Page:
New research from Environmental Research Letters has found that existing fossil fuel developments could warm the Earth beyond 1.5 C. It points at a need to leave approximately 40 per cent of “developed reserves” unextracted. This is quite a revelation at a time when the Canadian government is still approving new oil developments, funding oil pipelines and has not ruled out further projects in the future.
On April 6, the Bay du Nord oil development offshore Newfoundland and Labrador made it through the federal government environmental assessment process. Minister Steven Guilbeault maintained that the project “is not likely to cause significant adverse environmental effects.”
This environmental approval followed a warning from the International Energy Agency (IEA) in May 2021 that there should be no new oil developments if the world is to reach net-zero by 2050.
Meanwhile, N.L. Premier Andrew Furey continues to repeat that Newfoundland offshore oil is “low-carbon” and “ethical.” However, oil projects are among the biggest emitting facilities in the country and the IEA did not say move to lower carbon oil for a chance at net-zero by 2050. The agency recommended no new fossil fuel projects.
The world already has enough discovered reserves to get us to net-zero. However, Labour Minister and St. John’s MP Seamus O’Regan also persisted with the “low-emitting project” narrative.
Cenovus has since announced that it will resume the West White Rose project in the Newfoundland offshore.
Patrick Butler of the CBC has reported that Newfoundland offshore oil, at $60 to $70 a barrel, will likely be among the first to fall out of the global marketplace after the world reaches peak oil. This conclusion was based on research from Nature Energy.
The IEA has predicted the world could reach peak oil by 2025 if countries meet their climate pledges. Equinor has been predicting first oil for Bay du Nord by 2028. Projects like Bay du Nord and West White Rose are very likely to become stranded assets.
After decades of delay on climate change action, there is a very limited carbon budget that can be expended if the world is to limit global warming to 1.5 C. Each new project that becomes a stranded asset is a waste of the tiny remaining carbon budget.
Exploring for more oil, delineation of new fields, constructing new oil infrastructure and commissioning new projects are all activities that waste the shrinking carbon budget. They expend massive amounts of greenhouse gas emissions. At this point, we should be applying those emissions to the just transition away from fossil fuels and constructing renewable energy infrastructure.
Opinion: Exploring for more oil, delineation of new fields, constructing new oil infrastructure and commissioning new projects are all activities that waste Canada's shrinking carbon budget, writes @drlorileeoates. #ClimateChange #RenewableEnergy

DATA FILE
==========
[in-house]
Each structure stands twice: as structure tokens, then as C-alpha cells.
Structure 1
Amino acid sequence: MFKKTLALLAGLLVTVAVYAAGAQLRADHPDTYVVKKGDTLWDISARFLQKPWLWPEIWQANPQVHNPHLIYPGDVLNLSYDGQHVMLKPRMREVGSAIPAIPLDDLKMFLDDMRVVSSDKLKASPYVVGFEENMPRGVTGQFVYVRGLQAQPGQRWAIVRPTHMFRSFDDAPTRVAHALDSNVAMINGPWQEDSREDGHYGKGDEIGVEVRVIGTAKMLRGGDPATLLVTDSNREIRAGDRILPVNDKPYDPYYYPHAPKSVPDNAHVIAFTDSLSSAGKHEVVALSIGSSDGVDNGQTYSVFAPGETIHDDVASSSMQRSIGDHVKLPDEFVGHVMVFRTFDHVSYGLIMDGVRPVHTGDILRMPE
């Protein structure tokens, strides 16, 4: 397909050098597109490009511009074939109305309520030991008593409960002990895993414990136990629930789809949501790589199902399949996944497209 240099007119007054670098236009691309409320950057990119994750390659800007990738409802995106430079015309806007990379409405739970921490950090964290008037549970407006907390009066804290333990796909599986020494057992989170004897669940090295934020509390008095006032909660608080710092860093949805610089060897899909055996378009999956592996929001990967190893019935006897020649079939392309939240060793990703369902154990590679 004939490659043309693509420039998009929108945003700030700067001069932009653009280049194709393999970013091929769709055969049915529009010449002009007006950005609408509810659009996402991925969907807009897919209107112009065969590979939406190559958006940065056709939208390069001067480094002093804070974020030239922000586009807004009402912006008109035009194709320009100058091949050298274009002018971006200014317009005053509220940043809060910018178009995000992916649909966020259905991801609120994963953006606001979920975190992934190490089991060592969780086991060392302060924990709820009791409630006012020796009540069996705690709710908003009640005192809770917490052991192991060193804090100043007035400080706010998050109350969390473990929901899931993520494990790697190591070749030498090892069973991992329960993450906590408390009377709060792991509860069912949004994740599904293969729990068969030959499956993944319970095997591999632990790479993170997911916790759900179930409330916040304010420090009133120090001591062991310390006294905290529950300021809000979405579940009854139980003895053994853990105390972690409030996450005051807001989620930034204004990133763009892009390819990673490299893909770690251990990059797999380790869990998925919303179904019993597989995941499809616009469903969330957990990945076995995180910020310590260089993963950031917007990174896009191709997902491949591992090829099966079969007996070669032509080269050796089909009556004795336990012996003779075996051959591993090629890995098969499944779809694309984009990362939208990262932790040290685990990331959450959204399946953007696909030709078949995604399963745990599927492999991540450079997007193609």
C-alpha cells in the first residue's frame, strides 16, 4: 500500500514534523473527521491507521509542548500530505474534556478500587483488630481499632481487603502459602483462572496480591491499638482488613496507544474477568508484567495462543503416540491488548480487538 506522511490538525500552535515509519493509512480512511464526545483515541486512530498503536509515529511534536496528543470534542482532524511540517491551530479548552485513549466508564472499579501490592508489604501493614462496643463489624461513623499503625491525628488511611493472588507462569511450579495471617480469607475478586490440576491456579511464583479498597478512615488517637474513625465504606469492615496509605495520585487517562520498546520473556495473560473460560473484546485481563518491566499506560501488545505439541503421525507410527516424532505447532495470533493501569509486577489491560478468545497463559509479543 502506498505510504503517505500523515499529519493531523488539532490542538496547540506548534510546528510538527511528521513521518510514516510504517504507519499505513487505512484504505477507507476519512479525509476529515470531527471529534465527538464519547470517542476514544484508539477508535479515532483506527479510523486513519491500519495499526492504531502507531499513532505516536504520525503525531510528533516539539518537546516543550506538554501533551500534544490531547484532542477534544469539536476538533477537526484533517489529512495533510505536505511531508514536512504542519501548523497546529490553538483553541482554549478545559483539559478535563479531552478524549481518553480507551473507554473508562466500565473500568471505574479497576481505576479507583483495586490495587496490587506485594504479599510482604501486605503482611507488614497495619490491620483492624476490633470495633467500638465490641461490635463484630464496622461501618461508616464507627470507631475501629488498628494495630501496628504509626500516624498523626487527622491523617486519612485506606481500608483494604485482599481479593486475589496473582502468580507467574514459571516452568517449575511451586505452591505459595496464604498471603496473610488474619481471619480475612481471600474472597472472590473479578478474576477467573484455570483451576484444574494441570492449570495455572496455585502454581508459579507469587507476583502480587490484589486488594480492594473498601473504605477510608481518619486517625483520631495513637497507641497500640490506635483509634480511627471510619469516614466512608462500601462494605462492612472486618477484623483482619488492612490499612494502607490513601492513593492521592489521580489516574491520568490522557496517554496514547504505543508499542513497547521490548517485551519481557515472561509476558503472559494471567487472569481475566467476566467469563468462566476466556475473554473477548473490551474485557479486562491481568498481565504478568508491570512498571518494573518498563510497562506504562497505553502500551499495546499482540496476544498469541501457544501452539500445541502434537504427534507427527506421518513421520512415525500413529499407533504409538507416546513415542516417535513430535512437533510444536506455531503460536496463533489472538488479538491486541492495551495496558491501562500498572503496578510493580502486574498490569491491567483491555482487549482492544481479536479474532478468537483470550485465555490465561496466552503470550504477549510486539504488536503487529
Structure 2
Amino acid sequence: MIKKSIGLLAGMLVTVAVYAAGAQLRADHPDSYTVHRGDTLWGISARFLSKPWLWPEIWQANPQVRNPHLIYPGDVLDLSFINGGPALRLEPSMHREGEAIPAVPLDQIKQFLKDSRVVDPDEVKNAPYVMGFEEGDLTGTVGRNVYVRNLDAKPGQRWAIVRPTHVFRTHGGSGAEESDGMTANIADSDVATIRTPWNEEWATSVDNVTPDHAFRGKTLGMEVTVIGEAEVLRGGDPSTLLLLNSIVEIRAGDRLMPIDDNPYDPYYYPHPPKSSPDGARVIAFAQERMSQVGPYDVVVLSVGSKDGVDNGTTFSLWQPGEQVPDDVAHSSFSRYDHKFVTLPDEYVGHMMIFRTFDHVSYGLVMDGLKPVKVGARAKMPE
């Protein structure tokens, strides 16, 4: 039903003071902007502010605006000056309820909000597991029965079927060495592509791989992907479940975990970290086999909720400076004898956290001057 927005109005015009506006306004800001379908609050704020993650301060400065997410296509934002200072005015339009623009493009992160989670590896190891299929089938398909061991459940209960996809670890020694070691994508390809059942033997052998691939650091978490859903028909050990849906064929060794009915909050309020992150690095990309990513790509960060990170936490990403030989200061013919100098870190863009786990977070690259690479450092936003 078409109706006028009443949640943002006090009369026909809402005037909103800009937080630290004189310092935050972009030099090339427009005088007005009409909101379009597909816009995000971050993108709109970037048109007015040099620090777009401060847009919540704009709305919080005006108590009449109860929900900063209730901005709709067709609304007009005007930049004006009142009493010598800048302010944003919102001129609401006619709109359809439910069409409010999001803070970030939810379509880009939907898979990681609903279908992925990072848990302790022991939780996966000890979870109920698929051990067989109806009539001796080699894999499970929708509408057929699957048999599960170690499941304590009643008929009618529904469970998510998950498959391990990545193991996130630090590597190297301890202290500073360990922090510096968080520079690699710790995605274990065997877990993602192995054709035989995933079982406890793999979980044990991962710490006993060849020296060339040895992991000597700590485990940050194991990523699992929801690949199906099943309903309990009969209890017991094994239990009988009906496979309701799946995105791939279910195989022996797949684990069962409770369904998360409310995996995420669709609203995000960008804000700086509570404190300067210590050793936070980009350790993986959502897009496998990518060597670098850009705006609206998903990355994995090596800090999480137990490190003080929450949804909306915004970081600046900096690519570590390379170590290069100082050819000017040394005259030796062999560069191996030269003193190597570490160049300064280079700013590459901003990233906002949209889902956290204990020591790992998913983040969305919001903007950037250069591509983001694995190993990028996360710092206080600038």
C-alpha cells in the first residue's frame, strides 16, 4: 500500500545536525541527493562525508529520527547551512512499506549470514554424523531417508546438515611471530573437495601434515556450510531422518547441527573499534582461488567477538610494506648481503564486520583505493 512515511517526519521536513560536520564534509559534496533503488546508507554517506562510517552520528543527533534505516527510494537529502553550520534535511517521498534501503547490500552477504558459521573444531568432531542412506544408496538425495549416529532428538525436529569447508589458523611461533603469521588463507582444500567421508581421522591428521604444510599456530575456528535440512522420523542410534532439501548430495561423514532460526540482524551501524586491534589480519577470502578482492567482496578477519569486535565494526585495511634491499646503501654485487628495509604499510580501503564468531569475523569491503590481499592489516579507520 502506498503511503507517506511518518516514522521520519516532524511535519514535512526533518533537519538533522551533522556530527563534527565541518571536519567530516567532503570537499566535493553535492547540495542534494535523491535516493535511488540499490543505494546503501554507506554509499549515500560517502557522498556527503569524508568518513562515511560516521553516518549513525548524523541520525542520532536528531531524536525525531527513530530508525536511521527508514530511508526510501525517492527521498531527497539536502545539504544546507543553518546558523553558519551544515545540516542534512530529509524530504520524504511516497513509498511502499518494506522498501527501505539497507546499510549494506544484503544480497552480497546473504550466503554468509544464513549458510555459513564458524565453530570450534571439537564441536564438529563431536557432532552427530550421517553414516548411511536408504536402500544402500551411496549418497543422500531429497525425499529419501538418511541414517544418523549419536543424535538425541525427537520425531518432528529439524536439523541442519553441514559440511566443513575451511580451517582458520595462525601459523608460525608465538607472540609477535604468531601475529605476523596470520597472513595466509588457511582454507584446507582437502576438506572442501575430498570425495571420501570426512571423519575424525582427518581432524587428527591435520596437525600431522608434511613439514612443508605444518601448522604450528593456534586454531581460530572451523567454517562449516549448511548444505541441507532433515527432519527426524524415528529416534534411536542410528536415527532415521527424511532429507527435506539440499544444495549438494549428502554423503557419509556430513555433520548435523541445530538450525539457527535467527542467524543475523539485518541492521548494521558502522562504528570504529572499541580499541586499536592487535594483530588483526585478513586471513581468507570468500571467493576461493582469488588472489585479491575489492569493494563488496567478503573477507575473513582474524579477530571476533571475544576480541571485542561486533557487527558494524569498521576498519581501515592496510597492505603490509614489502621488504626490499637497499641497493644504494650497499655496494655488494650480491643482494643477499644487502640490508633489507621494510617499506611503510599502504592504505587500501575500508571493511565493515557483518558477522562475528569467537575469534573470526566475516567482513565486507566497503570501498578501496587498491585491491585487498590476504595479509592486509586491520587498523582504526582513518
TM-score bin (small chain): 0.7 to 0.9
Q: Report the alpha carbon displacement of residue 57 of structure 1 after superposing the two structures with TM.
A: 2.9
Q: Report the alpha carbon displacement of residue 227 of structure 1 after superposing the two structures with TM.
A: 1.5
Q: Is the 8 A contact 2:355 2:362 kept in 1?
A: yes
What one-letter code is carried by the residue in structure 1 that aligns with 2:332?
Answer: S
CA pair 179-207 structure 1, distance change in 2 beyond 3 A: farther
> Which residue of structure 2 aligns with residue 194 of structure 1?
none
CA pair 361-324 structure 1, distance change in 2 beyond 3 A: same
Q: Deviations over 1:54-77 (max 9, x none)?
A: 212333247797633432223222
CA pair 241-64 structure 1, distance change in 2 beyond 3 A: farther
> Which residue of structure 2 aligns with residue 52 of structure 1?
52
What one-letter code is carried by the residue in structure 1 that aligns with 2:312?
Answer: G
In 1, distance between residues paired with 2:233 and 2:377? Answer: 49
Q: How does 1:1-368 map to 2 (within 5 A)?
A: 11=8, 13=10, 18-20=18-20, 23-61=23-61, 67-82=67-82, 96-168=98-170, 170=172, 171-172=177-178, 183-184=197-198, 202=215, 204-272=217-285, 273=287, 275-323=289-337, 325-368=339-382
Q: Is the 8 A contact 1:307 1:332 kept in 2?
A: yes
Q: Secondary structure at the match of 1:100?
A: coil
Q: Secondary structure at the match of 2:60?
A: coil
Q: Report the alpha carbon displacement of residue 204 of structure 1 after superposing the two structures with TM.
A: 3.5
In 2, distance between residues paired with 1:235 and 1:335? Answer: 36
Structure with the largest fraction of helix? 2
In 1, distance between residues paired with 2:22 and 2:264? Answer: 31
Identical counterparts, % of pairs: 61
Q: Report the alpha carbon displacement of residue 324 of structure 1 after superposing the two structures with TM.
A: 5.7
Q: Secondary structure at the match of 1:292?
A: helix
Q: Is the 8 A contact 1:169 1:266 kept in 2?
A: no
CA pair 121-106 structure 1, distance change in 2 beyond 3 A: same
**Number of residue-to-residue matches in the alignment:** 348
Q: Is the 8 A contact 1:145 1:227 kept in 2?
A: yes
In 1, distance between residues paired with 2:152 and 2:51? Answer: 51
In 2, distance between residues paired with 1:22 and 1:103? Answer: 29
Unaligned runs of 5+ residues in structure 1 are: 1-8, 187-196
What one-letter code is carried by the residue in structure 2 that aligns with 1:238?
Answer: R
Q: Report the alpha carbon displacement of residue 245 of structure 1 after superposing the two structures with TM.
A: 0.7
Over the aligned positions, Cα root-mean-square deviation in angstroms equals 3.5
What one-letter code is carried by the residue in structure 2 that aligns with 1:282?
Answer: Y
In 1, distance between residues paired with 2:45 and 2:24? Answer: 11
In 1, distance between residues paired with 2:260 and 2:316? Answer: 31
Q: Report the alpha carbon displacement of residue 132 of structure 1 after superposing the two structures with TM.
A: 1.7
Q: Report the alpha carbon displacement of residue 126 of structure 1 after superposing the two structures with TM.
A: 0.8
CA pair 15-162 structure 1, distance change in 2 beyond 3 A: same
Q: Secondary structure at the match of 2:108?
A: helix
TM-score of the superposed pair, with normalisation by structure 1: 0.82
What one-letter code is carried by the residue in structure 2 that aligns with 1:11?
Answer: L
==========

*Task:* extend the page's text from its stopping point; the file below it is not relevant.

You cannot construct wind farms or electric vehicles (EVs) without expending emissions. There are transportation emissions involved in building wind farms and mining emissions involved in constructing EVs. There's going to be a lot of emissions expended transitioning, which is why we should start sooner rather than later, while we still have a carbon budget left. After the transition, the world will have a means of providing energy and transport that expends fewer emissions. However, we have to transition to keep global warming to 1.5C.
James Vaccaro of the Climate Safe Lending Network says once average global temperatures increase beyond 1.5 C you see “tree die-offs, drying peatlands, thawing permafrost and other self-reinforcing feedback loops.” Vaccaro notes while bankers who fund fossil fuel projects think there will be a climate crisis, what we are actually headed for is collapse.
A frequent argument is that the world will need oil for a long time. However, there are many fields in the world that create fewer emissions than the Canadian oil industry and they are larger and cheaper to operate.
None of this even begins to deal with the ethics of continuing to export oil to be burned in other countries while framing your government as a climate change champion globally. Approximately 80 per cent of emissions are downstream, meaning they occur at the point of burning the fuel (Scope 3 emissions), rather than at the point of taking it out of the ground.
Oil sold to other jurisdictions still impacts the Canadian environment. In the 2022 federal emissions reduction plan, it is noted that Canada is warming at twice the global average and three times as fast in the North. Meanwhile, the federal government is also pushing a pipeline through Indigenous lands, while claiming to engage in reconciliation with Indigenous leaders.
The federal government promised no more public money would be invested in the TMX pipeline. They then provided a loan guarantee to the pipeline expansion project, for which Canadian taxpayers could be liable, at a time when energy analysts are saying no new oil projects and scientists are saying prepare to decommission fossil fuel projects early.
Parts of India are already at 60 C and parts of Pakistan are at 40 C. Intense heat waves are being experienced in parts of France and Spain. There have been extreme heat events in parts of North America. There is massive flooding in Bangladesh and India.
UN Secretary General António Guterres was recently quoted as saying “fossil fuel firms have humanity by the throat.” None more so than the Canadian government, it would seem.
Lori Lee Oates is an instructor in the Faculty of Humanities and Social Sciences at Memorial University of Newfoundland and Labrador. She is also a member of the editorial board of the Network in Canadian History and Environment (NiCHE). Her current research looks at the imperial roots of the climate crisis and the political economy of oil.